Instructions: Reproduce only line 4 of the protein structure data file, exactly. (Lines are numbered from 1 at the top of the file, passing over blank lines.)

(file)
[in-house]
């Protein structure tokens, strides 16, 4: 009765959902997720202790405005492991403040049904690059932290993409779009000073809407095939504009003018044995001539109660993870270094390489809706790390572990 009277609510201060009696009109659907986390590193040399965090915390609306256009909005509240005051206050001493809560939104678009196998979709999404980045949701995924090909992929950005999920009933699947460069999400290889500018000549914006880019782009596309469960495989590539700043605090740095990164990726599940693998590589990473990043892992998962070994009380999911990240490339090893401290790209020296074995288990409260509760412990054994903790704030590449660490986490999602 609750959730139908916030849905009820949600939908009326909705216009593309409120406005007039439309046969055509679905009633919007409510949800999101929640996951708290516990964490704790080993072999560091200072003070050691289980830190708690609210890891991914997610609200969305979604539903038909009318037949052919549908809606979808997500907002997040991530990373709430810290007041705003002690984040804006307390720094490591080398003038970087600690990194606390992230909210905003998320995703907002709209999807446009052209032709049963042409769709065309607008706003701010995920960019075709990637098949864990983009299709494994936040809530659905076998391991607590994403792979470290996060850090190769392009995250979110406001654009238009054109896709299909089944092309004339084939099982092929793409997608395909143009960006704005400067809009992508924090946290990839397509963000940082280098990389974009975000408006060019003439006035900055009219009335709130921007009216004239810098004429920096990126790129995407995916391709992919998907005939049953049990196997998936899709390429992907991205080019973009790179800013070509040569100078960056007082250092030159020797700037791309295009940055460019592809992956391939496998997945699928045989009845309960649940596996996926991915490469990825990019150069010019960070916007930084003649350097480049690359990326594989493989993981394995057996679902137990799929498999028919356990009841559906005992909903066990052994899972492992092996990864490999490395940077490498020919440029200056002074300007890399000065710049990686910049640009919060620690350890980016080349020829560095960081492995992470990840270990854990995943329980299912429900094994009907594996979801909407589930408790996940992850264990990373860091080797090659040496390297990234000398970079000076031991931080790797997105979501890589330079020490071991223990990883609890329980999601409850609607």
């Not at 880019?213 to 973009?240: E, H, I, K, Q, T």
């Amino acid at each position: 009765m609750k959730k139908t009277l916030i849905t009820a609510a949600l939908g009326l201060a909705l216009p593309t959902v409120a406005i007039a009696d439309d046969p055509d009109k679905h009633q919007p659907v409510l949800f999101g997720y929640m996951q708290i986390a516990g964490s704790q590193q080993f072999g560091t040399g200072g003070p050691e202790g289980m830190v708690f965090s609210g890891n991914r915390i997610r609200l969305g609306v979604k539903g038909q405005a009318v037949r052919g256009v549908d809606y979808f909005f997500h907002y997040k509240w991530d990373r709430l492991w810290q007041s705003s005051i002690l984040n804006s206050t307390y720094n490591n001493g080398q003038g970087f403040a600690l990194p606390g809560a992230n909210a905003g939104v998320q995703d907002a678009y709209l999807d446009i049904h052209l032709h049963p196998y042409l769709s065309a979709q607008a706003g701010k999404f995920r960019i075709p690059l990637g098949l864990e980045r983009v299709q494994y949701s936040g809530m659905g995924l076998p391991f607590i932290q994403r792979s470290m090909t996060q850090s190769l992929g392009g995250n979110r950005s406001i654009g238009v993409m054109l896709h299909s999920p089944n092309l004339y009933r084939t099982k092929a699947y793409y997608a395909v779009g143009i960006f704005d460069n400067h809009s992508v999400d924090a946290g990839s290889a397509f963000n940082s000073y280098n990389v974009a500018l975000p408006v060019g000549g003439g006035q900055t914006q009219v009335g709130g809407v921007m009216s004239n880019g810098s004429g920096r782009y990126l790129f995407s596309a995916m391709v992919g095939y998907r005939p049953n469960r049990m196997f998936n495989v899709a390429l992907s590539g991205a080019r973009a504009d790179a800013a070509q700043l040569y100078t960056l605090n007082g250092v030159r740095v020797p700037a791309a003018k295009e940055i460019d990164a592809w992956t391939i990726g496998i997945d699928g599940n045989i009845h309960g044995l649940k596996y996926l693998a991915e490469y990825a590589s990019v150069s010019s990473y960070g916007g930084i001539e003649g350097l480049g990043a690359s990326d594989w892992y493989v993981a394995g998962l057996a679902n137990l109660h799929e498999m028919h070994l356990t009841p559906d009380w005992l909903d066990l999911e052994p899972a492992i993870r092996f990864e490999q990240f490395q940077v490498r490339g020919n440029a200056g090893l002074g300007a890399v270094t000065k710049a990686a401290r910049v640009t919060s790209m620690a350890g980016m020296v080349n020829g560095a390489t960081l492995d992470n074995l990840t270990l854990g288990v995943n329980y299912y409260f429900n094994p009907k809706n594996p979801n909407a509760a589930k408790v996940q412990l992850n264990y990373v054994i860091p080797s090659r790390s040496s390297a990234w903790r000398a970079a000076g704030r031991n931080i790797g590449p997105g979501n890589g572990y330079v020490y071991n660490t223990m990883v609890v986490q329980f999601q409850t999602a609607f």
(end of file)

């Amino acid at each position: 009765m609750k959730k139908t009277l916030i849905t009820a609510a949600l939908g009326l201060a909705l216009p593309t959902v409120a406005i007039a009696d439309d046969p055509d009109k679905h009633q919007p659907v409510l949800f999101g997720y929640m996951q708290i986390a516990g964490s704790q590193q080993f072999g560091t040399g200072g003070p050691e202790g289980m830190v708690f965090s609210g890891n991914r915390i997610r609200l969305g609306v979604k539903g038909q405005a009318v037949r052919g256009v549908d809606y979808f909005f997500h907002y997040k509240w991530d990373r709430l492991w810290q007041s705003s005051i002690l984040n804006s206050t307390y720094n490591n001493g080398q003038g970087f403040a600690l990194p606390g809560a992230n909210a905003g939104v998320q995703d907002a678009y709209l999807d446009i049904h052209l032709h049963p196998y042409l769709s065309a979709q607008a706003g701010k999404f995920r960019i075709p690059l990637g098949l864990e980045r983009v299709q494994y949701s936040g809530m659905g995924l076998p391991f607590i932290q994403r792979s470290m090909t996060q850090s190769l992929g392009g995250n979110r950005s406001i654009g238009v993409m054109l896709h299909s999920p089944n092309l004339y009933r084939t099982k092929a699947y793409y997608a395909v779009g143009i960006f704005d460069n400067h809009s992508v999400d924090a946290g990839s290889a397509f963000n940082s000073y280098n990389v974009a500018l975000p408006v060019g000549g003439g006035q900055t914006q009219v009335g709130g809407v921007m009216s004239n880019g810098s004429g920096r782009y990126l790129f995407s596309a995916m391709v992919g095939y998907r005939p049953n469960r049990m196997f998936n495989v899709a390429l992907s590539g991205a080019r973009a504009d790179a800013a070509q700043l040569y100078t960056l605090n007082g250092v030159r740095v020797p700037a791309a003018k295009e940055i460019d990164a592809w992956t391939i990726g496998i997945d699928g599940n045989i009845h309960g044995l649940k596996y996926l693998a991915e490469y990825a590589s990019v150069s010019s990473y960070g916007g930084i001539e003649g350097l480049g990043a690359s990326d594989w892992y493989v993981a394995g998962l057996a679902n137990l109660h799929e498999m028919h070994l356990t009841p559906d009380w005992l909903d066990l999911e052994p899972a492992i993870r092996f990864e490999q990240f490395q940077v490498r490339g020919n440029a200056g090893l002074g300007a890399v270094t000065k710049a990686a401290r910049v640009t919060s790209m620690a350890g980016m020296v080349n020829g560095a390489t960081l492995d992470n074995l990840t270990l854990g288990v995943n329980y299912y409260f429900n094994p009907k809706n594996p979801n909407a509760a589930k408790v996940q412990l992850n264990y990373v054994i860091p080797s090659r790390s040496s390297a990234w903790r000398a970079a000076g704030r031991n931080i790797g590449p997105g979501n890589g572990y330079v020490y071991n660490t223990m990883v609890v986490q329980f999601q409850t999602a609607f």